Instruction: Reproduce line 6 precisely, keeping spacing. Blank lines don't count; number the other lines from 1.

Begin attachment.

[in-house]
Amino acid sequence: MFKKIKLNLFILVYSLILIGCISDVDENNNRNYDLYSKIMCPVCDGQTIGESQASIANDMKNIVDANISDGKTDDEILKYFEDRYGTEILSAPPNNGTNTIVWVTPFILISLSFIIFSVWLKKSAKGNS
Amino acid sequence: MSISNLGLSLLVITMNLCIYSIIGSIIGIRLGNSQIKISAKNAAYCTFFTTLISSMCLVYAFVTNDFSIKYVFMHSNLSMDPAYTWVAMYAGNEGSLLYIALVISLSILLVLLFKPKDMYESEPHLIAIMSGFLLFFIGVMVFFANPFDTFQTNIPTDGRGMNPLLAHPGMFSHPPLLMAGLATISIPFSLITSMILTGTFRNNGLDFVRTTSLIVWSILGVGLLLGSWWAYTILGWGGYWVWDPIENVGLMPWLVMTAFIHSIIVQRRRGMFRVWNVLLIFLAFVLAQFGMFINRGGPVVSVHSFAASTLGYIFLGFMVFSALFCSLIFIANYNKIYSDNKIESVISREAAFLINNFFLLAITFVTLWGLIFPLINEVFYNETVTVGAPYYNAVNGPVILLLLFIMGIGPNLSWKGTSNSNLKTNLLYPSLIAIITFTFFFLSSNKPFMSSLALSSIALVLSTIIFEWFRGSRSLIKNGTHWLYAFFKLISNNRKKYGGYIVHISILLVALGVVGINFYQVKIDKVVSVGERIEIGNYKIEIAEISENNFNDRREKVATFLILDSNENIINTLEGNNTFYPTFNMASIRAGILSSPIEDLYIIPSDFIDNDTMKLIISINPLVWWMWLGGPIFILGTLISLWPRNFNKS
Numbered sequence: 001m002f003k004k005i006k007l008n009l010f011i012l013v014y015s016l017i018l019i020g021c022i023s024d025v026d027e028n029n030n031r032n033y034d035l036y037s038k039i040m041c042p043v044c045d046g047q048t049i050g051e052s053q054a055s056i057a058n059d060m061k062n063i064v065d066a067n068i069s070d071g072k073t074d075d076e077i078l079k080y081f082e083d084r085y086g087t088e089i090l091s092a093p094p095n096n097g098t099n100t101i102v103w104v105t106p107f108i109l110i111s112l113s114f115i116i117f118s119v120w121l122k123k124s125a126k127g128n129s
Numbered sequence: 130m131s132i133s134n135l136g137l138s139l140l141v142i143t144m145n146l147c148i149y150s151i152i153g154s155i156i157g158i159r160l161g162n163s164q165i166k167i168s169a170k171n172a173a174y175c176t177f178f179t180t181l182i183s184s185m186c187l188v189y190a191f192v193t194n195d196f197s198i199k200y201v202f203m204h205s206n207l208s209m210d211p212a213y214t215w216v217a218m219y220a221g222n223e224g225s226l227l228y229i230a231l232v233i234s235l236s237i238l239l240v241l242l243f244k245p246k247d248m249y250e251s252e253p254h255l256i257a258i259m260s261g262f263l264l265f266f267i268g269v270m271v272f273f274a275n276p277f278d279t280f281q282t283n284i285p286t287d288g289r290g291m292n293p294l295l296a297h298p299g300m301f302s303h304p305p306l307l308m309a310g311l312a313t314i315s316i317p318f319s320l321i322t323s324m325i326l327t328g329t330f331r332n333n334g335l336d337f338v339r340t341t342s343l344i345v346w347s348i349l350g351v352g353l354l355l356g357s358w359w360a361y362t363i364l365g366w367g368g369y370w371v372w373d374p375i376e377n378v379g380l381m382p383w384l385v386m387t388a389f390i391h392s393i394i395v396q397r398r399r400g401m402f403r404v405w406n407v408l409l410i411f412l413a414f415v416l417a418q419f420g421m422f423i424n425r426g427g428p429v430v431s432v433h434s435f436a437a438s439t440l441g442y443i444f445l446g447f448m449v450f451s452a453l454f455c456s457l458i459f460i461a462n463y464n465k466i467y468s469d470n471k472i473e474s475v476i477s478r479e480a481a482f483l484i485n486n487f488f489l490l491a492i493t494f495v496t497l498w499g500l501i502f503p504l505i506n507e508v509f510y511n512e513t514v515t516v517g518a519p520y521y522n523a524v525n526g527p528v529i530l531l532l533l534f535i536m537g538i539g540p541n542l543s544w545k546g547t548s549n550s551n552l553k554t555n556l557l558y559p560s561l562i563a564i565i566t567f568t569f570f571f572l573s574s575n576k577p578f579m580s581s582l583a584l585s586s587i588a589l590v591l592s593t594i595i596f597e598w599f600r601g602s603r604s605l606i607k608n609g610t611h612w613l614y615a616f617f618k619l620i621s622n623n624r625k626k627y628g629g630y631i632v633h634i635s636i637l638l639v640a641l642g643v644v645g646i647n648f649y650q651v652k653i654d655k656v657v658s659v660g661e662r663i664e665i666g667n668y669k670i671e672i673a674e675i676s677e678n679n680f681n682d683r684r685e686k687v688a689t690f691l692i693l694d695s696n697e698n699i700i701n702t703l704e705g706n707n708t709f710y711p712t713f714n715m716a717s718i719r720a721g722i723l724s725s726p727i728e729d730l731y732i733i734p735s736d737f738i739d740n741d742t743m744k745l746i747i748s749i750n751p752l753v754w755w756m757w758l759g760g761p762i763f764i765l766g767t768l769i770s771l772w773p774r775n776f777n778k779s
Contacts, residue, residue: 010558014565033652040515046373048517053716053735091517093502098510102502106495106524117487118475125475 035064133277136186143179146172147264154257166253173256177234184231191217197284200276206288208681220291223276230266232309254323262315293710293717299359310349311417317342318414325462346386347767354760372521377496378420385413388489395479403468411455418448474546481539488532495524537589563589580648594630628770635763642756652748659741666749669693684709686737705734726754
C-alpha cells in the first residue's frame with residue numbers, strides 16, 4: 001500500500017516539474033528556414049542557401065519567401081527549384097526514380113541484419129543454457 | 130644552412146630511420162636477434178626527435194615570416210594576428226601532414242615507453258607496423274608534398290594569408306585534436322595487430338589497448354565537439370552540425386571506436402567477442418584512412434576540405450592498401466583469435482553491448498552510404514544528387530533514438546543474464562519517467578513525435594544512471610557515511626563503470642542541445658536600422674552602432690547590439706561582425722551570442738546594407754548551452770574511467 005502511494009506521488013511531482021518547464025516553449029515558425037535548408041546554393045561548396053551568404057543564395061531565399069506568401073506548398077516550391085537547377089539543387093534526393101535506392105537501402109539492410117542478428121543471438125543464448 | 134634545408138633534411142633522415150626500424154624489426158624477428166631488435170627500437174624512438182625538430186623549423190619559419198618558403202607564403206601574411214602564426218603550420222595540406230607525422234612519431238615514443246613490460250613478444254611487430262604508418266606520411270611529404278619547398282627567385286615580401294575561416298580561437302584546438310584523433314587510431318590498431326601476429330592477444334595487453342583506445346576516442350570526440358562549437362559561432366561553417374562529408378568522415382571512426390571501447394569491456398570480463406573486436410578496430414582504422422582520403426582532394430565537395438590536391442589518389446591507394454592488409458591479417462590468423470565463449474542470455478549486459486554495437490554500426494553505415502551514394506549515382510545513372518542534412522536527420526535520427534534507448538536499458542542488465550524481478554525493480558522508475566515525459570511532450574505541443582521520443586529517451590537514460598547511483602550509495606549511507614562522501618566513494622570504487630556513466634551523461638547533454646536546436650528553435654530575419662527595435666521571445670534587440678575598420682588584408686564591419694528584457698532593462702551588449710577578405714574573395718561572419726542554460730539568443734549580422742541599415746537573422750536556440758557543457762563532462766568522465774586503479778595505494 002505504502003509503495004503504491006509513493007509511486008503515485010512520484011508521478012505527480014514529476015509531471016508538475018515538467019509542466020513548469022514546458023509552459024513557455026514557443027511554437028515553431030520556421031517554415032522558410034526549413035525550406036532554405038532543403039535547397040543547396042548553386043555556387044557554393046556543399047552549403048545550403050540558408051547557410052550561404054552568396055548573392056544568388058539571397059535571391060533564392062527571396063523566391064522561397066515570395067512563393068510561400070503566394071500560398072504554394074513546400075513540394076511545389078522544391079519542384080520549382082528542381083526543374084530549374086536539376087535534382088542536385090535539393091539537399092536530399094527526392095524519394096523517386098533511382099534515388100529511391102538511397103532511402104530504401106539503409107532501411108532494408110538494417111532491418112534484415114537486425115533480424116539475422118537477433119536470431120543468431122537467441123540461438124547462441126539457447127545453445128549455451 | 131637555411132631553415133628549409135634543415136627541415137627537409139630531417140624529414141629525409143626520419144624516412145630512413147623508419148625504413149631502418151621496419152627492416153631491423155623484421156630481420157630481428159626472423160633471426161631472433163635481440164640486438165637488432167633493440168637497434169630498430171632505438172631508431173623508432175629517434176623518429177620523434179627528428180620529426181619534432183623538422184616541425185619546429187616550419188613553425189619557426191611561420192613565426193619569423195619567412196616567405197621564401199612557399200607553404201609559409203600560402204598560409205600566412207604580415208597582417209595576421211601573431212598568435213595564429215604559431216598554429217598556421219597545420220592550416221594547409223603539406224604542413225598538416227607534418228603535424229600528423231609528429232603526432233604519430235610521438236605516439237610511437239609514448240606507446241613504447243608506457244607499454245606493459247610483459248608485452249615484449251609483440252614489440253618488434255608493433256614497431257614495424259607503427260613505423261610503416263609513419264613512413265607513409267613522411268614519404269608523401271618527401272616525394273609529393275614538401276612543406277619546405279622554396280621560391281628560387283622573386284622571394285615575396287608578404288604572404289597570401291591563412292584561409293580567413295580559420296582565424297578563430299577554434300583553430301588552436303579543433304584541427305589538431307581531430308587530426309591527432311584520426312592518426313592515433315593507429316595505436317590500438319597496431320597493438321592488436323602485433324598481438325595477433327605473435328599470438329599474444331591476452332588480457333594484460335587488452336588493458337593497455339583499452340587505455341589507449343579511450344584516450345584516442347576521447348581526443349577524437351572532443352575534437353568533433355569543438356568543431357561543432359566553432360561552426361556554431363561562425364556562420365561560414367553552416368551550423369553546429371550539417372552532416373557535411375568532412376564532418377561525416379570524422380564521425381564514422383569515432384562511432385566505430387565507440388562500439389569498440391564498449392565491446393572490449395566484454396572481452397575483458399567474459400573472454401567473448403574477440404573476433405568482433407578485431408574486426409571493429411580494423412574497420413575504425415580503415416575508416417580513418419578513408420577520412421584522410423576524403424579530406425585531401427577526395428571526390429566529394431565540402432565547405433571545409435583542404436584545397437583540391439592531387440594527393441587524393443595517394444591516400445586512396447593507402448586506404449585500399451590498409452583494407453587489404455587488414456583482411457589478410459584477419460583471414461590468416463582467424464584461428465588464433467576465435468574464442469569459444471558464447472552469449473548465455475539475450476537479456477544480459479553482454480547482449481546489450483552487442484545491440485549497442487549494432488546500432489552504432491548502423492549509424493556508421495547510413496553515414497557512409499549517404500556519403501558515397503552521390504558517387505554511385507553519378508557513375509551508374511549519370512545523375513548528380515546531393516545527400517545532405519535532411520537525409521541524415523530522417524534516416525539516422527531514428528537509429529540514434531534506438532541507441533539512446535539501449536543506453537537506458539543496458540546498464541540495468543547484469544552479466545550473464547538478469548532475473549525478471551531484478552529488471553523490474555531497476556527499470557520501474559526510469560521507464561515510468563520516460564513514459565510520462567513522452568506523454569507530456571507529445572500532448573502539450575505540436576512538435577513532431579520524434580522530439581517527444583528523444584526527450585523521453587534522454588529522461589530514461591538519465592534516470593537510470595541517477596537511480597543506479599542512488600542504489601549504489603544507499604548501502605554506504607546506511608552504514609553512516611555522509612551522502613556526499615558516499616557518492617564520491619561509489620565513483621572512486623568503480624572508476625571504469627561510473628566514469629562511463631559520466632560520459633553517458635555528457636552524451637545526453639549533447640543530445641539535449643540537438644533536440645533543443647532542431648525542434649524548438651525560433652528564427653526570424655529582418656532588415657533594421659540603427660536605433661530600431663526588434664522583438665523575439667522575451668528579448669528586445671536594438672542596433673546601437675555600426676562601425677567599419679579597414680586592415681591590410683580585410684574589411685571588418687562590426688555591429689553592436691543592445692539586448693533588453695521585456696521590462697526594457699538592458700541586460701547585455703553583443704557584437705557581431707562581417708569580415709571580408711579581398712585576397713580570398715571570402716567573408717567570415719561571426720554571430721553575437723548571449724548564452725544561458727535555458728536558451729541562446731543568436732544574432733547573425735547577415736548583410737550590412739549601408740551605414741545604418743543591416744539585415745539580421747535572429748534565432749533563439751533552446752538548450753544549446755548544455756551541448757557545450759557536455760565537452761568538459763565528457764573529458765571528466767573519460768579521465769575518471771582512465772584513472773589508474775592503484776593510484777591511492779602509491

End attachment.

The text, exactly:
Contacts, residue, residue: 010558014565033652040515046373048517053716053735091517093502098510102502106495106524117487118475125475 035064133277136186143179146172147264154257166253173256177234184231191217197284200276206288208681220291223276230266232309254323262315293710293717299359310349311417317342318414325462346386347767354760372521377496378420385413388489395479403468411455418448474546481539488532495524537589563589580648594630628770635763642756652748659741666749669693684709686737705734726754